I read “VA customers irate about rule changes” (InvestmentNews, July 22).
Those who bash the insurance companies for putting up so-called roadblocks for retirees should at least explain why the insurance companies put up these roadblocks.
The article uses an example of an investor who ultimately wants to contribute $500,000 toward a variable annuity. What the article neglected to say is that the client doesn't have $500,000 in his hand today to make that investment.
There are plenty of investments that I wish I could put my clients into from years ago that I am unable to.
Insurance companies are on the hook not just to make the payments for life but to maintain their credit rating. The big insurance companies back their obligations with government paper.
If the yield on government paper goes down, insurance companies don't have a choice but to put restrictions in place that were not there in the past when rates were higher.
I appreciate freedom of speech, but I just wish that people who wrote these articles were more informed about what they are writing. A good writer would make sure that the rationale is explained as to why these insurance companies are making these restrictions as to better educate the public and not to just leave them with a bad taste in their mouths about variable annuities.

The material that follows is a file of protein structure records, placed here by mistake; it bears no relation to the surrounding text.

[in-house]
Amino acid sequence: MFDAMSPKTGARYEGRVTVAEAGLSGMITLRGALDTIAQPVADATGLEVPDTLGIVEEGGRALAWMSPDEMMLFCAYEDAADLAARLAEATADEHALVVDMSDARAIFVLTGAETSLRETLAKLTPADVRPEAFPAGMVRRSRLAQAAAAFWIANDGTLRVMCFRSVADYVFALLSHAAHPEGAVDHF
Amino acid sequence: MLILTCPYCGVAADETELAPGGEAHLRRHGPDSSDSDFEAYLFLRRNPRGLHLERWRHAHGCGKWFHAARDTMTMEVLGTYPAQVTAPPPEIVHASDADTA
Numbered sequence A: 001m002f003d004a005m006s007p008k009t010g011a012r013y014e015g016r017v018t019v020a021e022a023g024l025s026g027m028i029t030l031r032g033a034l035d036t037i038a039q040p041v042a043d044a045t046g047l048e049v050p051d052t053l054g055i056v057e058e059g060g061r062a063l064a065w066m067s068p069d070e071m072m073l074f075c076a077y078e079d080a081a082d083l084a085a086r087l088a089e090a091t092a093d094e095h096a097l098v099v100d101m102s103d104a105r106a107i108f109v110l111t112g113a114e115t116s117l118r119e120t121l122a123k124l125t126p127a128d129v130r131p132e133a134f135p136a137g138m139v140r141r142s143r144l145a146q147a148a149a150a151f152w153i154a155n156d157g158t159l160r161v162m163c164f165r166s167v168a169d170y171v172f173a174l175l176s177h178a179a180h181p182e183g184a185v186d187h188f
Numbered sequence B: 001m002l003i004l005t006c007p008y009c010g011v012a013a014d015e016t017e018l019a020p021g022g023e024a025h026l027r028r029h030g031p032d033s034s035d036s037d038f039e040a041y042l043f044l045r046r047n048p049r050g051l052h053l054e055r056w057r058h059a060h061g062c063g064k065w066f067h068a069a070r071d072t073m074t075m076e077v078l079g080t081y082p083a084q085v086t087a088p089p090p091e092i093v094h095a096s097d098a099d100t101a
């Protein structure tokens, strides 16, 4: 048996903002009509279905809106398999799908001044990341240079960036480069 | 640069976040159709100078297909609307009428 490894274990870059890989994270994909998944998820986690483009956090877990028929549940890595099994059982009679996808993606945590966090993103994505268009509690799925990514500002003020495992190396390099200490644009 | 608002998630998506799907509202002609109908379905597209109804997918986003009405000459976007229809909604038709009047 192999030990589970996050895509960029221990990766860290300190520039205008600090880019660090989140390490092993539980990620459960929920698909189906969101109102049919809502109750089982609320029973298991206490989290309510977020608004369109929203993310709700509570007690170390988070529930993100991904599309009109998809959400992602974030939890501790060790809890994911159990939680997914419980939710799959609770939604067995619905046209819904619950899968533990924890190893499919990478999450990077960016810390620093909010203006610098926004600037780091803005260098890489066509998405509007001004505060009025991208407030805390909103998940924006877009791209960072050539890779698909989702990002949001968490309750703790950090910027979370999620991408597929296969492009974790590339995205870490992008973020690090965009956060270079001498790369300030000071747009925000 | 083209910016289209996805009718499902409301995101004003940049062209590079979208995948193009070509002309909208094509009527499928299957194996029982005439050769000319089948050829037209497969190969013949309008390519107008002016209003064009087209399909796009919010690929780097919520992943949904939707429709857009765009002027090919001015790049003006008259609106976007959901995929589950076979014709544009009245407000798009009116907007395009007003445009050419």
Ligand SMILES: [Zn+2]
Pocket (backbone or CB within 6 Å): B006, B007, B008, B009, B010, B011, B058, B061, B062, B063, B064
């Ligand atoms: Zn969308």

Adam S. Riback
and senior account executive
The article entitled “Millennials want mentoring, expert says” (InvestmentNews, June 24) was eye-opening and jaw-dropping.
The investment and insurance industry has had training programs in place for decades, and there are continuing-education requirements imposed by regulators, broker-dealers and professional-licensing institutions. Teaming less experienced financial advisers with seasoned ones isn't a new concept.
However, the desire for Millennials to “seek flexibility in the workplace and to help them with life skills training, including financial literacy” is mind-boggling. As an adviser of 24 years, I assist individuals in meeting their financial goals, not babysitting supposed adults on appropriate dress in the office or teaching them that starting work at 9 a.m. doesn't mean 9:30 a.m.
This is the role of a parent or grandparent. If there are parents out there who want to pay me to teach their children life skills, then line up.
Is this what giving every child who played the game a trophy created? Whatever happened to “survival of the fittest”?
Darla D. Main
Main Advisory Inc.